E–pub/E–book [Lord Foul's Bane]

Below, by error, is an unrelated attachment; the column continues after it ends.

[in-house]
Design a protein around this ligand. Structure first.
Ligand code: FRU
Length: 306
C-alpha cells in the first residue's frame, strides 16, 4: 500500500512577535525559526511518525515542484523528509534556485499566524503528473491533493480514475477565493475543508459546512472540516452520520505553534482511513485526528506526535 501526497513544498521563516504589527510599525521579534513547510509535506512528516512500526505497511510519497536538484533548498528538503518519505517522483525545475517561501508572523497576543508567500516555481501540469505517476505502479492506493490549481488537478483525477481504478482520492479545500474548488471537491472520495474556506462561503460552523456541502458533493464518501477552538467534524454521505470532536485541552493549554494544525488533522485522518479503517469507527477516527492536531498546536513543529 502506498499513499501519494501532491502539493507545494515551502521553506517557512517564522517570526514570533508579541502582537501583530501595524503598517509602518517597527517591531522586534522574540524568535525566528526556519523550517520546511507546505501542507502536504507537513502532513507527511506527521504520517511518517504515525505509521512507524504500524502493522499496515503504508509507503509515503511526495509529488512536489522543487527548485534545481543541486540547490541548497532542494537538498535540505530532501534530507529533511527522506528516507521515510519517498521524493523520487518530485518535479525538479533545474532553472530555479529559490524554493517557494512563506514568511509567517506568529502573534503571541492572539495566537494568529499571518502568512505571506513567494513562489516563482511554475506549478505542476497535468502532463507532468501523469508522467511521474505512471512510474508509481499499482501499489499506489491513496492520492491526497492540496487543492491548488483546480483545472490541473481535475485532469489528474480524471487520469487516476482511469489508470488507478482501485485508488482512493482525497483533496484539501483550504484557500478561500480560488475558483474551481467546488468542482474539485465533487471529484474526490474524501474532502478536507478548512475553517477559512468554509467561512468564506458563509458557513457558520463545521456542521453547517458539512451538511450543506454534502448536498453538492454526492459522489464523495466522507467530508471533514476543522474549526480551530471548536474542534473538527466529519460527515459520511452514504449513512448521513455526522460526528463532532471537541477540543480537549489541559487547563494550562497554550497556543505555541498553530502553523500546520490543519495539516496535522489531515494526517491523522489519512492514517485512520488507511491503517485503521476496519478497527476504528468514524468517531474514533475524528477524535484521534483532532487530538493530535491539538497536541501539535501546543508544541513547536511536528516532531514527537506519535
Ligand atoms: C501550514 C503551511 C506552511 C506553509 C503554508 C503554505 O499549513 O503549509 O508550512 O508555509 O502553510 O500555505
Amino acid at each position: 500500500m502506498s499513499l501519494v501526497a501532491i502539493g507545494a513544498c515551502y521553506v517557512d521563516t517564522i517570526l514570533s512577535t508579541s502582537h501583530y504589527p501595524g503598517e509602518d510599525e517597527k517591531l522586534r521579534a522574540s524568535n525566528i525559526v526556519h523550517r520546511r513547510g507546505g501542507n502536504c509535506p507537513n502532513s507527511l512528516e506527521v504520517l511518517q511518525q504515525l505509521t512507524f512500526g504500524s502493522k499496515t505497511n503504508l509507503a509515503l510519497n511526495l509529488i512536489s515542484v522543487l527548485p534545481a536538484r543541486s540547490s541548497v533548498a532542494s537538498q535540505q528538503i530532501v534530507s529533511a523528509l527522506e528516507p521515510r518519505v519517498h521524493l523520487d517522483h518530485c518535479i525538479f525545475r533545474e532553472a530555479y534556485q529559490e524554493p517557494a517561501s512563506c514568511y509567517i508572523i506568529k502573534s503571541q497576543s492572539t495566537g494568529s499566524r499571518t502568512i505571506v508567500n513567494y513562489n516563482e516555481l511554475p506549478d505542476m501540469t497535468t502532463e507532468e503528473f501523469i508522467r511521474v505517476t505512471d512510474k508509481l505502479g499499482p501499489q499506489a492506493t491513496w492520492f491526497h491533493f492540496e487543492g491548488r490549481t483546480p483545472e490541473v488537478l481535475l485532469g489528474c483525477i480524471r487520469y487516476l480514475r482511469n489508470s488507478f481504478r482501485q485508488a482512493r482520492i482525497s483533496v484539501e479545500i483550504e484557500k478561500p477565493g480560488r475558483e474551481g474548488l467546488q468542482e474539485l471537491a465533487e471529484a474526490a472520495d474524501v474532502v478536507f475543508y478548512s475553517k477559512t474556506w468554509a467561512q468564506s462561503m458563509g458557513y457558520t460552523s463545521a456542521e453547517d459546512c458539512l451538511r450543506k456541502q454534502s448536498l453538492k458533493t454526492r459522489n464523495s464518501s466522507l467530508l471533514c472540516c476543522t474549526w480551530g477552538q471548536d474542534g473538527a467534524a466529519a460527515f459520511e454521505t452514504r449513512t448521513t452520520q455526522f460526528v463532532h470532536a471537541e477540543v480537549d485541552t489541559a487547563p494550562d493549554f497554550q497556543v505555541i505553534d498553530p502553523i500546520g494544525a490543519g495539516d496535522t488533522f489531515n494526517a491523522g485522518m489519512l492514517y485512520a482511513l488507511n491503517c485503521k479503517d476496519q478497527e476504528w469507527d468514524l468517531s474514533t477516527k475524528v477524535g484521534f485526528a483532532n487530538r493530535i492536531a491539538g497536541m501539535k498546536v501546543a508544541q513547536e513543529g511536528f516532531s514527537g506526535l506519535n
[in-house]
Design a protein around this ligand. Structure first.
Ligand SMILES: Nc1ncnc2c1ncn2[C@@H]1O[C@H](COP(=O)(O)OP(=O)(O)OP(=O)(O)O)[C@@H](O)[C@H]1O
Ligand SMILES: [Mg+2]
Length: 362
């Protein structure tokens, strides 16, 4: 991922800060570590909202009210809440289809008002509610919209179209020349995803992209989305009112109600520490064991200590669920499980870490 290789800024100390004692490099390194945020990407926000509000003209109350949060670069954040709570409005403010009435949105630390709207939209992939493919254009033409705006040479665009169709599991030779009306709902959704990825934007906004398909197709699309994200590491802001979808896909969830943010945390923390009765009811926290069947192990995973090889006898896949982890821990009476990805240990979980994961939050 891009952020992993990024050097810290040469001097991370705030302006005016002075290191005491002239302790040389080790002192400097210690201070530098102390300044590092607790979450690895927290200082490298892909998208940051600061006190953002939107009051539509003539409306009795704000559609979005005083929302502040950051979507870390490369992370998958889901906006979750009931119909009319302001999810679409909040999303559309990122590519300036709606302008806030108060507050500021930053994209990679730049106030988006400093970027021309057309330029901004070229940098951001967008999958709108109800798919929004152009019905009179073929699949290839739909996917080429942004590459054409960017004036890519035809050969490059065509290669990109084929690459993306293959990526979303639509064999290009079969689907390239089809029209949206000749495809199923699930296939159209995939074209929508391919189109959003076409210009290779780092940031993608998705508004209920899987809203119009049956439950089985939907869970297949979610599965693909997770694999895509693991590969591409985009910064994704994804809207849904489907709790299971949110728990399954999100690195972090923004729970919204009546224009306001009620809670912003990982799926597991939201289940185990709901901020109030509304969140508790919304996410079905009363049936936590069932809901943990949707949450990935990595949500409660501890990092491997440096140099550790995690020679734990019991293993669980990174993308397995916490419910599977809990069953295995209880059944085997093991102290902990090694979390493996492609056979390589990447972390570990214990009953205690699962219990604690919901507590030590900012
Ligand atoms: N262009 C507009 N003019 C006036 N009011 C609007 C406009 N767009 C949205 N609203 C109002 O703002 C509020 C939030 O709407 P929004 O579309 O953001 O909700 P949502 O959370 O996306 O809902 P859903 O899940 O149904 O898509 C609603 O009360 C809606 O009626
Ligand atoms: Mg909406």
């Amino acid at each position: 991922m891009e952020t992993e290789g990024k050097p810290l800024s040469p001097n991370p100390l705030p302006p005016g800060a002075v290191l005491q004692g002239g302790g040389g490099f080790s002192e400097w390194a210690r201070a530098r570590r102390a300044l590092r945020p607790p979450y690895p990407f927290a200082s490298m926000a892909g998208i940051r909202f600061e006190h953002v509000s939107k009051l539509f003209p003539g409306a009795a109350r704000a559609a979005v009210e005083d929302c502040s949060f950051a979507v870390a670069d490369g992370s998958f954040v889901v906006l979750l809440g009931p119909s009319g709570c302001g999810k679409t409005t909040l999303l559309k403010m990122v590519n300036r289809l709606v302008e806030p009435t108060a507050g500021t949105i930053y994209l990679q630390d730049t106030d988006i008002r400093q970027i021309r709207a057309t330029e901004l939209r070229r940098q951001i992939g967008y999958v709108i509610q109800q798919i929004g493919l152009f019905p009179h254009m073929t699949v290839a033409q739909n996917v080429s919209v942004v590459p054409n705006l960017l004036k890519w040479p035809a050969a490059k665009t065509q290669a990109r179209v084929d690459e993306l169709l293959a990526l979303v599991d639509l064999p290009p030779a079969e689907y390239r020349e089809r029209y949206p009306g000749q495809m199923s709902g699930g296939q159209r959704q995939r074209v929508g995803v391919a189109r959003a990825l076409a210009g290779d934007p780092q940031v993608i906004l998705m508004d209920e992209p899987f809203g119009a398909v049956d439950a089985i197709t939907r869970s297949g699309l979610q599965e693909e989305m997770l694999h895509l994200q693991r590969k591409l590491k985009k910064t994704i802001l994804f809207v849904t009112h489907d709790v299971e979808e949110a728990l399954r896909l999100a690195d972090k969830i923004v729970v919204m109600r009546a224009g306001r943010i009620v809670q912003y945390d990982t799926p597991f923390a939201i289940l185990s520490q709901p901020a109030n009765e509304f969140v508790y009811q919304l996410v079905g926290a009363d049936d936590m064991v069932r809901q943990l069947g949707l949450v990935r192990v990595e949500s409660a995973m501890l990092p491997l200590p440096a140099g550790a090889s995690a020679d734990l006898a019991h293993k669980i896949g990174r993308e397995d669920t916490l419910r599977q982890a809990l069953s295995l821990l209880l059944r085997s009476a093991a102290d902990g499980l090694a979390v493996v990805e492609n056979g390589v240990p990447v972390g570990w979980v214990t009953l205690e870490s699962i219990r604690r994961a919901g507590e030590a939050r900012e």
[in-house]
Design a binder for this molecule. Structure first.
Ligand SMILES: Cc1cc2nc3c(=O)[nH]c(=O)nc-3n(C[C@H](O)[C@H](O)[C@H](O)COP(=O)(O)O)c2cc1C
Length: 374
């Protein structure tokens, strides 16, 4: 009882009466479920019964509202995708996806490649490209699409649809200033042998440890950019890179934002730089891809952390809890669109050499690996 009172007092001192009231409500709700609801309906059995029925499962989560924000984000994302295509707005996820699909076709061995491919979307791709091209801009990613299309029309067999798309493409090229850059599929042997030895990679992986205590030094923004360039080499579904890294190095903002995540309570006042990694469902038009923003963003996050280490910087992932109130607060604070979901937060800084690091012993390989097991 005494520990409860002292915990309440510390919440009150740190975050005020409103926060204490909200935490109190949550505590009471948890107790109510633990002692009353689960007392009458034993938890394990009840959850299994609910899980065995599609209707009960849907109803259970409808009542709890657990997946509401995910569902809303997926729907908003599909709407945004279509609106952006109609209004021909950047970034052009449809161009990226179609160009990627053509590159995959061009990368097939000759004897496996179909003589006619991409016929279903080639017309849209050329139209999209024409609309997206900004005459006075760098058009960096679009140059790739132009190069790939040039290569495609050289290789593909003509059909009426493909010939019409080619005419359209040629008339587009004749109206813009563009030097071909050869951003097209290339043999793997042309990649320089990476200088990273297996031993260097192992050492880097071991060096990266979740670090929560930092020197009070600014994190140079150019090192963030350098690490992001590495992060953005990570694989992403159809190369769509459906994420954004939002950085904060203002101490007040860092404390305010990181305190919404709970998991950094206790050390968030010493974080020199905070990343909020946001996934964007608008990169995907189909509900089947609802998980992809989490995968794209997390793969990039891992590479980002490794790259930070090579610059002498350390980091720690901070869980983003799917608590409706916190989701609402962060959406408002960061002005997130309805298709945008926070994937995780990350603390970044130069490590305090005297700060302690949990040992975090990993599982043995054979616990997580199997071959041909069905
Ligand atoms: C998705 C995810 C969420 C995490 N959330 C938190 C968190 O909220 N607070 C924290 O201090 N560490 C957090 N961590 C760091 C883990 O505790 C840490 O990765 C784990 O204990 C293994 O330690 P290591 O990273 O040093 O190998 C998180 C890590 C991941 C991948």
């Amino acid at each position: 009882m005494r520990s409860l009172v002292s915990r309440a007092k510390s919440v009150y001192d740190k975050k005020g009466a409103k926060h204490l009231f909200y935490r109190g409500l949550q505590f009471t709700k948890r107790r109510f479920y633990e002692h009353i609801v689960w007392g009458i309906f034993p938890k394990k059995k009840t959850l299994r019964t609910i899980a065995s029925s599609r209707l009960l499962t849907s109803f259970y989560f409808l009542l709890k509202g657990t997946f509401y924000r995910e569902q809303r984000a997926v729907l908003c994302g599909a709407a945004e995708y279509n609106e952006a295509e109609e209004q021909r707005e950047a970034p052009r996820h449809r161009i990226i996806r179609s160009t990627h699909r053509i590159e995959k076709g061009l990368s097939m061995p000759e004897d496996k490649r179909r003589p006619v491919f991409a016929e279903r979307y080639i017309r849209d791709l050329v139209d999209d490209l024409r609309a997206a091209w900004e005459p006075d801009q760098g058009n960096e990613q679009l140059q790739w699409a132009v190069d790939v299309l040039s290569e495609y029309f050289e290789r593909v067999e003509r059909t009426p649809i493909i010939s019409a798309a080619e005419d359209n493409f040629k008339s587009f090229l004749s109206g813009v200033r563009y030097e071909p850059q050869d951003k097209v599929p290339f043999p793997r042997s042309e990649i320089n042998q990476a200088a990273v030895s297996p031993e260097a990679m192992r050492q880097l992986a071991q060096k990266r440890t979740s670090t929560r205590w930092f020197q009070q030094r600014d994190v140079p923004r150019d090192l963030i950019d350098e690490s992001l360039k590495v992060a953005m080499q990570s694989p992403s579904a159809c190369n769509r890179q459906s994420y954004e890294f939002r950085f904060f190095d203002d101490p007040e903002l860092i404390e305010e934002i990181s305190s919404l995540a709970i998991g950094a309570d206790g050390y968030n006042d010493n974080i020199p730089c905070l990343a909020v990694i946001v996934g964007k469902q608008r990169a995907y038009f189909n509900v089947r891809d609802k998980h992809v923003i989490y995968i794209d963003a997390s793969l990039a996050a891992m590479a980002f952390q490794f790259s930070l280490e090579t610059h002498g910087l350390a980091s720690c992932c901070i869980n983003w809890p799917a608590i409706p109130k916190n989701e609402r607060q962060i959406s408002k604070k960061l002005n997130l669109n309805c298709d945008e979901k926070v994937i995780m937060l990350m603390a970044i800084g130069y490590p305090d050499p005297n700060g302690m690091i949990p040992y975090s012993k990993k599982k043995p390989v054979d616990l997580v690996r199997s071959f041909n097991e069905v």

Betrayals: The Unpredictability of Human Relations gI live in a smallish room with roughly a couple of thousand books They are everywhere I love the books but I also hate the books I d have space if it wasn t for them when I moved it would be easy if it didn t involve carrying what feels like an endless amount of heavy boxes packed with them They are everywhere The bookshelves are all double stacked There are books on top of the normally shelved books There are piles of them everywhere They fall over They are in the way Mooncheese likes to knock them over sometimes even though falling books scare her Like Juliana Hatfield felt about her sister I have the same lovehate relationship with my significant others Lately I ve been in the mindset to cull some of the books Be all JC on them and remove the wheat from the chaff I ve been a little successful I veotten rid of about sixty or seventy books in the last couple of months but there is a problem I feel wrong about Bat Ode getting rid of books that I have not yet read This wouldn t be a problem except that a like aeologist I can Bitter Choices: Blue-Collar Women in and out of Work go through my shelves and re create the history of fleeting ideas and interests I had that happened to correspond to fortuitous trips to used bookstores and b I sometimes buy a lot of crap An amendment to b is that I also acuire a lot of crap for free ie I Love You Beth Cooper In some cases a and b come together Lord Foul s Bane is one of those books A few years ago I went through a brief moment where I thought maybe I should become familiar with fantasy Then I bought up some fantasy books for about a uarter a piece on a trip to the always wonderful bookstoreI love this cat he likes to sometimes sit on my back while I m crouched down looking for books in Schuylerville turning point of the Revolutionary War and home of the most disgusting home I ever stepped foot in but that is another story I ll try to fit into some other review where dog shit plays a promiment role This long and uninteresting story has no real point except that I want toet rid of books but I feel I need to read them before Barrio: Photographs from Chicago's Pilsen and Little Village getting rid of them Lately that has been making me read books I have no interest in I ll look at a book that I think I will enjoy and say to myself when I finish this I think I ll want to keep it So instead of reading something I may potentially enjoy I ll see something like Lord Foul s Bane sitting in a pile and I llrab this instead I didn t finish this book I made it a little than halfway through it If I spent another couple of hours reading I d be able to finish it but I just don t care to The book is bad It s written in very formal and stilted style kind of like something you hear from some drama nerd who tries to bring a little Shakespeare into their daily life The story is uninteresting It is difficult to accomplish this for me I find nothing wrong with reading a novel about a man laying in pig shit and doing nothing but thinking I can find that engaging There is nothing engaging in this book By the time I stopped reading it there was some kind of uest to bring a message to someone but I didn t ive a fuck Why didn t I care Well one I hated the language I hated the characters The main character is a one dimensional leper with rage issues that make little sense except that they spring up when the